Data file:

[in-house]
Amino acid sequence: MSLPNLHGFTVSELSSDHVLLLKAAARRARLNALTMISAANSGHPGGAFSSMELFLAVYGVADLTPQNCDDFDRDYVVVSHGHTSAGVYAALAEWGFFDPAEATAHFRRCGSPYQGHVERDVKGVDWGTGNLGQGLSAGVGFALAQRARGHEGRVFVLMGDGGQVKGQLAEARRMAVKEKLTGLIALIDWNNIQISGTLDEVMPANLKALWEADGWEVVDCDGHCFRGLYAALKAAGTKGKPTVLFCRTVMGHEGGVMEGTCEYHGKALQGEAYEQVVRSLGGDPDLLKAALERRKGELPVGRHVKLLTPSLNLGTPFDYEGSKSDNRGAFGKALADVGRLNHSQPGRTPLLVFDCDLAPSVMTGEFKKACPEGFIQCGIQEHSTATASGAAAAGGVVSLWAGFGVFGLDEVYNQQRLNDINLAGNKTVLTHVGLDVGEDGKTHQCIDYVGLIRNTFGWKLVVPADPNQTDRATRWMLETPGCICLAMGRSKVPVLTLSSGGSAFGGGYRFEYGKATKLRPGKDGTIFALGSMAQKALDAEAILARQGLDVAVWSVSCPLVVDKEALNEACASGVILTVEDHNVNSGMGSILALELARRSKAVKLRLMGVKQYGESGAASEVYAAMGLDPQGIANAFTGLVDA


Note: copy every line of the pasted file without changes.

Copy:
[in-house]
Amino acid sequence: MSLPNLHGFTVSELSSDHVLLLKAAARRARLNALTMISAANSGHPGGAFSSMELFLAVYGVADLTPQNCDDFDRDYVVVSHGHTSAGVYAALAEWGFFDPAEATAHFRRCGSPYQGHVERDVKGVDWGTGNLGQGLSAGVGFALAQRARGHEGRVFVLMGDGGQVKGQLAEARRMAVKEKLTGLIALIDWNNIQISGTLDEVMPANLKALWEADGWEVVDCDGHCFRGLYAALKAAGTKGKPTVLFCRTVMGHEGGVMEGTCEYHGKALQGEAYEQVVRSLGGDPDLLKAALERRKGELPVGRHVKLLTPSLNLGTPFDYEGSKSDNRGAFGKALADVGRLNHSQPGRTPLLVFDCDLAPSVMTGEFKKACPEGFIQCGIQEHSTATASGAAAAGGVVSLWAGFGVFGLDEVYNQQRLNDINLAGNKTVLTHVGLDVGEDGKTHQCIDYVGLIRNTFGWKLVVPADPNQTDRATRWMLETPGCICLAMGRSKVPVLTLSSGGSAFGGGYRFEYGKATKLRPGKDGTIFALGSMAQKALDAEAILARQGLDVAVWSVSCPLVVDKEALNEACASGVILTVEDHNVNSGMGSILALELARRSKAVKLRLMGVKQYGESGAASEVYAAMGLDPQGIANAFTGLVDA